When one of the world’s leading car brands enters the e-MTB space, you take note.
So when Honda debuted a new model recently we had to capture a look.
They aren’t the only big automotive player to be making strides the in e-MTB sector – Porsche also released a new ride in the summer, building on their collection of electric bikes.
Big automotive manufacturers, like these two, have deep pockets and have the ability to scale up production at a pace.
Meanwhile, in the case of Honda, they have a long and successful history of producing motorcycles and mopeds, so know their stuff when it comes to wheelers.
It’s an exciting development in the industry and you can imagine it will have some of the top e-MTB manufacturers looking nervously over their shoulders…
Honda E-MTB Concept – early thoughts
Price – To be confirmed
We haven’t had the opportunity to give the bike a test ride yet, as it’s still in its concept form and was only recently announced at the Japan Mobility Show.
However, the Honda E-MTB concept certainly does look the part and definitely leans towards a downhill mountain bike in appearance, rather than a bulky motorbike style concept.
It looks reasonably weighty though, with a bulky-looking aluminum frame, and from the outside looking in, it doesn’t ooze playfulness.
No weight figure has been released to the media yet.
Motor / Battery
It comes with a Brose motor – nothing has been said yet about the power output, but we would be surprised if it doesn’t pack a punch, given the company’s other two-wheeler experience.
It would also help explain the bulky appearance of the frame, which comes in polished white.
We are a little surprised the company didn’t opt for a custom battery/motor pairing, which could have really made heads turn.
Instead, they’ve stuck with existing e-MTB components, which although providing an element of reliability, take away a potential wow factor under the hood.
No expense has been spared when it comes to the suspension, the company has gone for a top-end FOX suspension set-up, but no mention has been made of the amount of travel at either end.
It certainly has a girthy pair of forks on first viewing though and the company announced it was made to perform well both uphill and while descending.
Honda has chosen to go with SRAM for their drivetrain, with an excellent 12-speed SRAM Eagle AXS fitted as standard.
We know what to expect from SRAM here, it will be smooth and responsive shifting, with an ability to continue performing highly, even when pushed at high speeds.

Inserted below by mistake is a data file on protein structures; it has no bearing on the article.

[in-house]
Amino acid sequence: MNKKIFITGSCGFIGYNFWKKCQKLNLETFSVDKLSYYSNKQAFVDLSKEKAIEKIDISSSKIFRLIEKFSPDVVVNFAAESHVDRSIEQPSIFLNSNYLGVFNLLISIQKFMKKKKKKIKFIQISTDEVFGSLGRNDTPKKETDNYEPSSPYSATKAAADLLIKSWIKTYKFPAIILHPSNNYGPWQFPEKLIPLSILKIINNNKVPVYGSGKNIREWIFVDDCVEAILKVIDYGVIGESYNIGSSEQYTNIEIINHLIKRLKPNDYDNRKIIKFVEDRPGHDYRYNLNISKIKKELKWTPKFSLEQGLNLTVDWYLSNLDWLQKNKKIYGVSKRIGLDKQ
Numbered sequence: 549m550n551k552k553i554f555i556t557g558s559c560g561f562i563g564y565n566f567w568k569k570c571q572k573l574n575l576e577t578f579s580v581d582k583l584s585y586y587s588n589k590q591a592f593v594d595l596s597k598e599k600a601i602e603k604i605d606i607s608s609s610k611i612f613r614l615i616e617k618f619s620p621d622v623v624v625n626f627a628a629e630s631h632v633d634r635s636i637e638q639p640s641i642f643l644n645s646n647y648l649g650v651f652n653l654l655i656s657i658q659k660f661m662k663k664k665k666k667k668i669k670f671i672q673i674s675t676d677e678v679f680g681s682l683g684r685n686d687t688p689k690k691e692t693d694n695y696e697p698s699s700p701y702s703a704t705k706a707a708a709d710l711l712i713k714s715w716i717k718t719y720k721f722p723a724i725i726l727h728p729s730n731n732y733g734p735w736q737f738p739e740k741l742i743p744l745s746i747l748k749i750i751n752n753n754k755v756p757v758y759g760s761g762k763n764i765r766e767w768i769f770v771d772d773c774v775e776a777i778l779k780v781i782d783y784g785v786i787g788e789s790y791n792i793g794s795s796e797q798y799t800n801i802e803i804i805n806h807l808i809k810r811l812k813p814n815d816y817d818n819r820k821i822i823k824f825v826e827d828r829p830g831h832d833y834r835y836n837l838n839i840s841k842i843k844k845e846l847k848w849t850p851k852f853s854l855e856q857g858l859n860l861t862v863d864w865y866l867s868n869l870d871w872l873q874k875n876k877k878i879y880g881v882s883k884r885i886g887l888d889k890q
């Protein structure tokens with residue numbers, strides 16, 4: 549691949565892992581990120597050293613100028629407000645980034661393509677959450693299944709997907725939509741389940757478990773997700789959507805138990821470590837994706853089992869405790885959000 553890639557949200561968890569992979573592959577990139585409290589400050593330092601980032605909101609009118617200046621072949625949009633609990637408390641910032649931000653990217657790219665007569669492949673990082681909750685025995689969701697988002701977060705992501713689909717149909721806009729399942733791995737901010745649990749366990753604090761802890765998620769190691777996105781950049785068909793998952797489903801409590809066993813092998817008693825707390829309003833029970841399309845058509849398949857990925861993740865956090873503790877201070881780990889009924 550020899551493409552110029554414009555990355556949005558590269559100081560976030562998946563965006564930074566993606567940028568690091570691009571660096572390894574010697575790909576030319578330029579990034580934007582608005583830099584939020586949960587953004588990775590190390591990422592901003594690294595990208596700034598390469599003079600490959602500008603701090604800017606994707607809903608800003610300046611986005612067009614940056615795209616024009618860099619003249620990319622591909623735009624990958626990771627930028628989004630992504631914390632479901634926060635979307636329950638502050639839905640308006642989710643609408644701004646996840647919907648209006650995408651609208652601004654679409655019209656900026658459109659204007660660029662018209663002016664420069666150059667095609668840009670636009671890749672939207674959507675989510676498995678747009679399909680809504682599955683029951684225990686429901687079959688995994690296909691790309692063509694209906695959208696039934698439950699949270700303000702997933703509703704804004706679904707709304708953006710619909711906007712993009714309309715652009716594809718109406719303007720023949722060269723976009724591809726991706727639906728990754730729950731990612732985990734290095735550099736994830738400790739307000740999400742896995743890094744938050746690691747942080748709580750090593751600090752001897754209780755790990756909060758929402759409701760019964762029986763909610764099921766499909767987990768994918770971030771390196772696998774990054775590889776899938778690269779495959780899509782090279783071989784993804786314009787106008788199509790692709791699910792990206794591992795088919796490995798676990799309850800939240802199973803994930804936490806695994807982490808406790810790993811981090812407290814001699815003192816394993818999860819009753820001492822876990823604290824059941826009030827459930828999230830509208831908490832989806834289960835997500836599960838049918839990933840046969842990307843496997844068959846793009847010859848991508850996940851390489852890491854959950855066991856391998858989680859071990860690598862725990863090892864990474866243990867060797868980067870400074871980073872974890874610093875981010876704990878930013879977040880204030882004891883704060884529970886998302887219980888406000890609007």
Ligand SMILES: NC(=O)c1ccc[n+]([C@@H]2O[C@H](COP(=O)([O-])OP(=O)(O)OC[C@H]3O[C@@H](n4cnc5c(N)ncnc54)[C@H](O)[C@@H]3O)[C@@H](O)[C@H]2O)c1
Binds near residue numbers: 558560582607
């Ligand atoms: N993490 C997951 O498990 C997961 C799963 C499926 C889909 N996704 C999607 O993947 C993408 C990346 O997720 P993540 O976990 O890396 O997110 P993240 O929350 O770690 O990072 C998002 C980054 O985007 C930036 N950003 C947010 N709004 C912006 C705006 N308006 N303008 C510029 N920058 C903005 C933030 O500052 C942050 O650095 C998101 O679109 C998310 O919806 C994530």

The bike also comes with a pair of reliable and high spec pair of Shimano brakes, which usually perform well on high-powered e-MTBs.
That will provide a firm bite when needed and cope with the rigors of descending.
The e-MTB comes with a chunky pair of DT Swiss XM wheels and a toothy pair of Maxxis Minion DHF tires, which tend to offer reliability in the corners and provide a firm footing on the trail.
It’s an interesting first venture into the market from the team at Honda and they will certainly be one to watch going forward.
With a lot of money at their disposal and a heck of a lot of two-wheel manufacturing experience, in other sectors, they have the potential ability to pull off some great products and scale up quickly.
We’ll be keeping a close eye on developments over in Japan, but the early indications are they’ve paired up with some very reliable components on the bike – with SRAM, FOX, and Shimano all in the mix – and with a little Honda flair too, that could create something very exciting.
Porsche E-Bike Cross Performance EXC e-MTB
Price – $15,350
The Porsche E-Bike Cross Performance EXC is the most advanced e-MTB the company has ever brought out.
It’s a collaboration project with the e-bike manufacturer Rotwild and designed to be a sporty cross-country style e-MTB, with pace and pedaling efficiency at its heart.
However, that partnership doesn’t come cheap.
It’s a carbon-framed e-MTB, which is designed by the Studio F team at Porsche, and as you can imagine it oozes the sleek elegance that the company’s cars are renowned for.
There are 6 color options available, all of which have sporty geometry, which are made to be thrown about and maximize pedaling efficiency.
The frame is particularly durable, helping to dissipate impacts smoothly and without putting too much pressure on the rider’s arms.
We found the bike comfortable during our review rides and we felt composed pushing out hour after hour at the pedals.
ℹ️ It only comes in 3 frame sizes though – small, medium, and large – we think that’s a slight downside and some riders (particularly very tall or small) could find it’s a poor fit.
If you’re wondering how much does the Porsche e-bike weigh? The answer is 22kg, which isn’t bad, but it is far from jaw-dropping when you take into account the battery size.